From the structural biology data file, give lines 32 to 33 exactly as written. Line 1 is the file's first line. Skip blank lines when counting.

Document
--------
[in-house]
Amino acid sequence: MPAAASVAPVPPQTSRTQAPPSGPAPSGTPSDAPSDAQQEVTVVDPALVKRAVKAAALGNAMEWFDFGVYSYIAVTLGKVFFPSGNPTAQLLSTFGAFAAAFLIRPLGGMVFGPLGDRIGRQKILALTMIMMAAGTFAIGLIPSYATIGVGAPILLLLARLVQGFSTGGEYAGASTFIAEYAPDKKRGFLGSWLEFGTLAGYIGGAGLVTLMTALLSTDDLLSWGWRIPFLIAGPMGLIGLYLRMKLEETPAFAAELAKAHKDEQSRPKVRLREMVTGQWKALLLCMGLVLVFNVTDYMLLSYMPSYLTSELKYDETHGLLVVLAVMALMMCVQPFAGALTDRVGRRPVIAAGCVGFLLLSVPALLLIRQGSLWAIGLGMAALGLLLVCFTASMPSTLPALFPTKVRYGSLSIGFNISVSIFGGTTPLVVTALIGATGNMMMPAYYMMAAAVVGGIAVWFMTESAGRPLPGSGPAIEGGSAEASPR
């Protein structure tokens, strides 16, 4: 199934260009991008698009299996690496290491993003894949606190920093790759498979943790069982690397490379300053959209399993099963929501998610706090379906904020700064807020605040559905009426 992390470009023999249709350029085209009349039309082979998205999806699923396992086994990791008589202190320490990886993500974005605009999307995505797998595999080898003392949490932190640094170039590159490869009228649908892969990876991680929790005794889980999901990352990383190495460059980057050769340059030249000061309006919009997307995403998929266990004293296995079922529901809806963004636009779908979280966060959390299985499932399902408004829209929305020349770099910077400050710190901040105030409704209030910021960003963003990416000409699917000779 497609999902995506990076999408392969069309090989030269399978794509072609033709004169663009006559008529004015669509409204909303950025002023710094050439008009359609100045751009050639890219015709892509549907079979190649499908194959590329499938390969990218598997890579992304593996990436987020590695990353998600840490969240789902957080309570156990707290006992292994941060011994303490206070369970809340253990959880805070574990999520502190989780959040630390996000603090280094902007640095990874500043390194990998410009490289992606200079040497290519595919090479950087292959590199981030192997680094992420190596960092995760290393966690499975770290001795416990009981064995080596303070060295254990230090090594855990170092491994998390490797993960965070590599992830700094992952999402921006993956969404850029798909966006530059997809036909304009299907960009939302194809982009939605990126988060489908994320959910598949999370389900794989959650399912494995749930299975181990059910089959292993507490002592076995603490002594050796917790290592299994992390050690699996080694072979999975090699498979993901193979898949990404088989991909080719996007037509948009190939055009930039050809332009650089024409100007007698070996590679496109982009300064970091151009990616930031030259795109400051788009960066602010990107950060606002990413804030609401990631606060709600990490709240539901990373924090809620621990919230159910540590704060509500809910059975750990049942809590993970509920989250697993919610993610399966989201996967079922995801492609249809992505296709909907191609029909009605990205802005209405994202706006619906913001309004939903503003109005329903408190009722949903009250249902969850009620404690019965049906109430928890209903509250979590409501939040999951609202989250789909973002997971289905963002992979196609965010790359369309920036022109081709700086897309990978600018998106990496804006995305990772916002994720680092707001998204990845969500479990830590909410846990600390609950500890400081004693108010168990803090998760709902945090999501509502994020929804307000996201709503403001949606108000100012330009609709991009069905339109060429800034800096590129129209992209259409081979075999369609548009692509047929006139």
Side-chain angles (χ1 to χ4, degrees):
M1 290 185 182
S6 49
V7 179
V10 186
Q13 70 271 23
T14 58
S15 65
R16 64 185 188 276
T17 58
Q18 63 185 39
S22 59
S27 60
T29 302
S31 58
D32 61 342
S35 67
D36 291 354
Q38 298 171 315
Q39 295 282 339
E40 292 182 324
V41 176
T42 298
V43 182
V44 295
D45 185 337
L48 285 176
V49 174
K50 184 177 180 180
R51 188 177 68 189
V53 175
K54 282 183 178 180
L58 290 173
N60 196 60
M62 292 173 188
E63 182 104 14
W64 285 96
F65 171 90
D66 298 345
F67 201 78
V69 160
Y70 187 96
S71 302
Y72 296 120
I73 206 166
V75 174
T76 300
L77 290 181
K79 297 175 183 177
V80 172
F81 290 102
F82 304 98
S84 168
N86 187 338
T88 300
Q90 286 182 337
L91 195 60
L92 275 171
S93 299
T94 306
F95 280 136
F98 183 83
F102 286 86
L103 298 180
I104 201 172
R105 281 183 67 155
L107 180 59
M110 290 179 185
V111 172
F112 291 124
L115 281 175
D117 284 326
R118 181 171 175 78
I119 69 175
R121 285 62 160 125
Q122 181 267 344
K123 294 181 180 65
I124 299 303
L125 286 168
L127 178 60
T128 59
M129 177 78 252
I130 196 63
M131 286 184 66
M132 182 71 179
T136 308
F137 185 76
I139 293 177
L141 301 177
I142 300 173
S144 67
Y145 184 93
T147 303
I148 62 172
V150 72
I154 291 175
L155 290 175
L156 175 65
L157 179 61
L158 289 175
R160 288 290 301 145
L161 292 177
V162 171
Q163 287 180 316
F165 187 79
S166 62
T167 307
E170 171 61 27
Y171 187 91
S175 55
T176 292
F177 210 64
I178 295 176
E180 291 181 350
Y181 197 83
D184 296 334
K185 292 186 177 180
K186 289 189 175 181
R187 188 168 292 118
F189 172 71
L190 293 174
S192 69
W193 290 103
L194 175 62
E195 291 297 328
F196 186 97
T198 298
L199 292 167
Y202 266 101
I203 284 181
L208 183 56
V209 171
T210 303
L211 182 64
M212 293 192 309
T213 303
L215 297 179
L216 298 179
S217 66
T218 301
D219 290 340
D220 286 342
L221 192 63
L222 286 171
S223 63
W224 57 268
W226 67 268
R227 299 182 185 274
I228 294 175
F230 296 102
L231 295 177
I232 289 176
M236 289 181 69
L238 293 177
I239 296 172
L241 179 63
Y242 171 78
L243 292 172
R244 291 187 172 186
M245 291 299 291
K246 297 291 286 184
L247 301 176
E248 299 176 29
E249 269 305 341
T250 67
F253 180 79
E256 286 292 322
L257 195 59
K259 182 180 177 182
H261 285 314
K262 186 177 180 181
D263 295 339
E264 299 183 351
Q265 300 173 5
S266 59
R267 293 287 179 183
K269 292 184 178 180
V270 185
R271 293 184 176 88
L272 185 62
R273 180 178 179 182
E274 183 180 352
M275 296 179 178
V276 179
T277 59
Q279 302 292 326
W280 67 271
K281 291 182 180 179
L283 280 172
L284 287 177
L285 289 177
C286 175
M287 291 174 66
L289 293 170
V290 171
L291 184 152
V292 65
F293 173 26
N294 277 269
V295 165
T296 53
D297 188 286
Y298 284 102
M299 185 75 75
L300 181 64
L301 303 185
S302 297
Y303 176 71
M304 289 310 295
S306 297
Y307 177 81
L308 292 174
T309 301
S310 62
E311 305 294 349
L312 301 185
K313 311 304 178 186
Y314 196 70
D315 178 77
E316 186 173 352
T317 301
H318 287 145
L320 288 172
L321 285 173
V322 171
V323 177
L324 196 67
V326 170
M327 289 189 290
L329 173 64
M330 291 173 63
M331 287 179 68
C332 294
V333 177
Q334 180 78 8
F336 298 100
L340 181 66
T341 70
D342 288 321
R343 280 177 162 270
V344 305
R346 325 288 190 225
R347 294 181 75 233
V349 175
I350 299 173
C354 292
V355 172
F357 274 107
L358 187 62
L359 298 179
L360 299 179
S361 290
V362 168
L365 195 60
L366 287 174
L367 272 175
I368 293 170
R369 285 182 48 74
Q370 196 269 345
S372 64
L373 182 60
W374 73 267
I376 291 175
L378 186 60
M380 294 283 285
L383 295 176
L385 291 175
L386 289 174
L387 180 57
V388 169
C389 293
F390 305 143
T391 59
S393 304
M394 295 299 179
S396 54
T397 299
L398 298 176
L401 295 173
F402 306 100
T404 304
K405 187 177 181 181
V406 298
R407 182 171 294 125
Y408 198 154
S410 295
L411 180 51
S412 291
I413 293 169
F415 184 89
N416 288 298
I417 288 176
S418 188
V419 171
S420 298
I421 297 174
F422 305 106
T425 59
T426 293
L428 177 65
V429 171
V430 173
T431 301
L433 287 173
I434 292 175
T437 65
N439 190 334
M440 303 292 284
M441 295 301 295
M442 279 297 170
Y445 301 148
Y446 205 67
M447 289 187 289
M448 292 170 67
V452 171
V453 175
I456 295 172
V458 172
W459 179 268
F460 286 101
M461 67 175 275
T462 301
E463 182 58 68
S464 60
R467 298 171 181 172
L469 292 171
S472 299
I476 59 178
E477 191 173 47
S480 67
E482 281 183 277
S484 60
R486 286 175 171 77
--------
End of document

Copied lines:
K50 184 177 180 180
R51 188 177 68 189